I'm not alone here

Warmth of strangers keeps local reporter out of the cold during night spent homeless

Ryan Cooke ryan.cooke@trurodaily.com
Published on January 30, 2015
Ryan Cooke, Truro Daily News reporter.
Editor's note: How does it feel to be homeless and what services are available for those who are? Those are two questions we wanted to find out as we sent out reporters for a day to experience homelessness. Truro reporter Ryan Cooke and New Glasgow reporter Kevin Adshade swapped coverage areas in search of answers. The shelters weren't aware ahead of time that they'd be coming and were not told that they were entertaining reporters, in an effort to keep the experience as real as possible. Our reporters made sure they weren't taking a place needed for someone else and a small donation is being made by The Truro Daily News to cover the costs associated with the stay at the local shelter. We hope you enjoy reading these stories.

NEW GLASGOW – I must have fallen asleep. Was it for a few seconds? Minutes? It didn’t matter now.

Hunkered down behind a dumpster, I slowly pull my knees into my chest, praying not to make a sound in the fresh, crunchy snow. I was alone here at the end of this narrow and dark alleyway, my own secret hiding place from the wind, snow and the outside world. I was.

I’m not anymore.

Behind me, I hear voices. Two men. My heart is pounding in my chest, every breath held inside until my lungs explode for air. I make myself as small as possible and bury my face into the collar of my jacket. Maybe they won’t see me.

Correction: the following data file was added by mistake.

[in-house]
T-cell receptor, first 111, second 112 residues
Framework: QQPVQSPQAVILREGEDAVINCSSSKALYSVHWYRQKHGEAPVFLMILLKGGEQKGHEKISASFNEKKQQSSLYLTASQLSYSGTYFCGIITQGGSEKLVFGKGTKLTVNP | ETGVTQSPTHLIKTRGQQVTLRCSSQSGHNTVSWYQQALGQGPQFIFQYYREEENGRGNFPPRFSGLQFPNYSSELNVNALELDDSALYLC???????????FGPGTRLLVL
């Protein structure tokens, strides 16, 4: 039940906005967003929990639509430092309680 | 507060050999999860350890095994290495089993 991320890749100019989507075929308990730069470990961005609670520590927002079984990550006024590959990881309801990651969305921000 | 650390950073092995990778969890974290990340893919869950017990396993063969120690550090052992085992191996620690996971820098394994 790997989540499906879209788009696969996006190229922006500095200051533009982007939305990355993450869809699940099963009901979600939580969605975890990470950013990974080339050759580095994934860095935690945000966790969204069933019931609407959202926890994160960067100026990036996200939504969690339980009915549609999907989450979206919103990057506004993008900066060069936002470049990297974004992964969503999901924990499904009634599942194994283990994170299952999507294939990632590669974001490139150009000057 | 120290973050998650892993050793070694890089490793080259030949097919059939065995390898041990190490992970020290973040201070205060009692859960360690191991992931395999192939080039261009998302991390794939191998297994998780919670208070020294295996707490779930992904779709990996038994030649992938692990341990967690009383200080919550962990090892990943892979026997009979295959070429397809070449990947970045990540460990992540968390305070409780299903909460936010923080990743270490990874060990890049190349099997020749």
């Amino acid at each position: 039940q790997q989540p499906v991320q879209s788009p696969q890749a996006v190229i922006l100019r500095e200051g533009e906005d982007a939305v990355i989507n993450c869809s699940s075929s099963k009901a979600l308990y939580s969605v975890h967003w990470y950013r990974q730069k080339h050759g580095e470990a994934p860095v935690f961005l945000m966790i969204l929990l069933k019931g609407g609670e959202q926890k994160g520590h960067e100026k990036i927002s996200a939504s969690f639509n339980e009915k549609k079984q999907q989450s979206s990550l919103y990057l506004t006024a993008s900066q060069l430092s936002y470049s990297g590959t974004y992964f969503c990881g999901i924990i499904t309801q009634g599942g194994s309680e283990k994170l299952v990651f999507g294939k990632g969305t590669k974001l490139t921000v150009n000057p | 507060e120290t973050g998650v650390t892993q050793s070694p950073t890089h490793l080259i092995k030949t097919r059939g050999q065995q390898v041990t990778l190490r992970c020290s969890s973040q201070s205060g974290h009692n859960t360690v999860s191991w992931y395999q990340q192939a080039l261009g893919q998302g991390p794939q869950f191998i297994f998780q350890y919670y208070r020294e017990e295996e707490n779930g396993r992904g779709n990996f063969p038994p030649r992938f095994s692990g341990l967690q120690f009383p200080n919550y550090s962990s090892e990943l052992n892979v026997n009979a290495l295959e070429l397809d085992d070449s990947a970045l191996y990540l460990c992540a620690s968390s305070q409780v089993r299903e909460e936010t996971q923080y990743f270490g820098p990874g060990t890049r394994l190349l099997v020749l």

They root through the dumpster, just a quarter-inch of steel between us. The bright beam of a flashlight peeks around the corner occasionally as they climb in and out of the trash. The light stops on the toe of my boot and their voices go silent. They’re whispering to each other now. They see me.

More time passes in silence until I hear footsteps heading the other way. I’m safe and alone again.

I look up to the brick wall in front of me and there are the faces to match the voices, staring down at me.

“There is a person down there!”

For all my fear, the two young men were more afraid of me than I was of them. I didn’t know what to say next.

“I’m just… hanging out.”

“You aren’t going to stay there all night are you? It’s going to get pretty nasty tonight. You shouldn’t stay out here, man.”

“Thanks guys, I’ll be fine. I have somewhere to go.”

“Are you sure? Do you need anything?”

Welcome to being homeless in the Maritimes.

For me, it’s just one night – one cold, wet, snowy night. After walking all over town for a few hours, my clothes bore the weight of a suit of armour. Soaked with melting snow, every uphill walk felt like the last leg of a marathon. Every step in the slushy muck on the pavement was a battle. My legs twisted and slipped. My left knee, a sports injury from eight years ago, twinged and ached.

Finally, when I could bear it no longer, I headed to the Life Shelter – an emergency shelter for those in need. I had walked past it five or six times during the night, putting off ringing the buzzer to go inside. What would I say? What’s my story? What would they think of me?

It turns out, it didn’t matter. I was met at the door by two volunteers who happily greeted me. They asked for my name and a piece of ID. The woman asked me a few more questions while the man phoned in my information to the RCMP. A police check is needed for anyone staying in the shelter.

Her questions were nothing intrusive. She had no interest in how I ended up there. She was just happy I was there, asking for a helping hand. They hadn’t had any visitors for a few days, she said. They worried they weren’t well-known to the public. They worried they were failing people.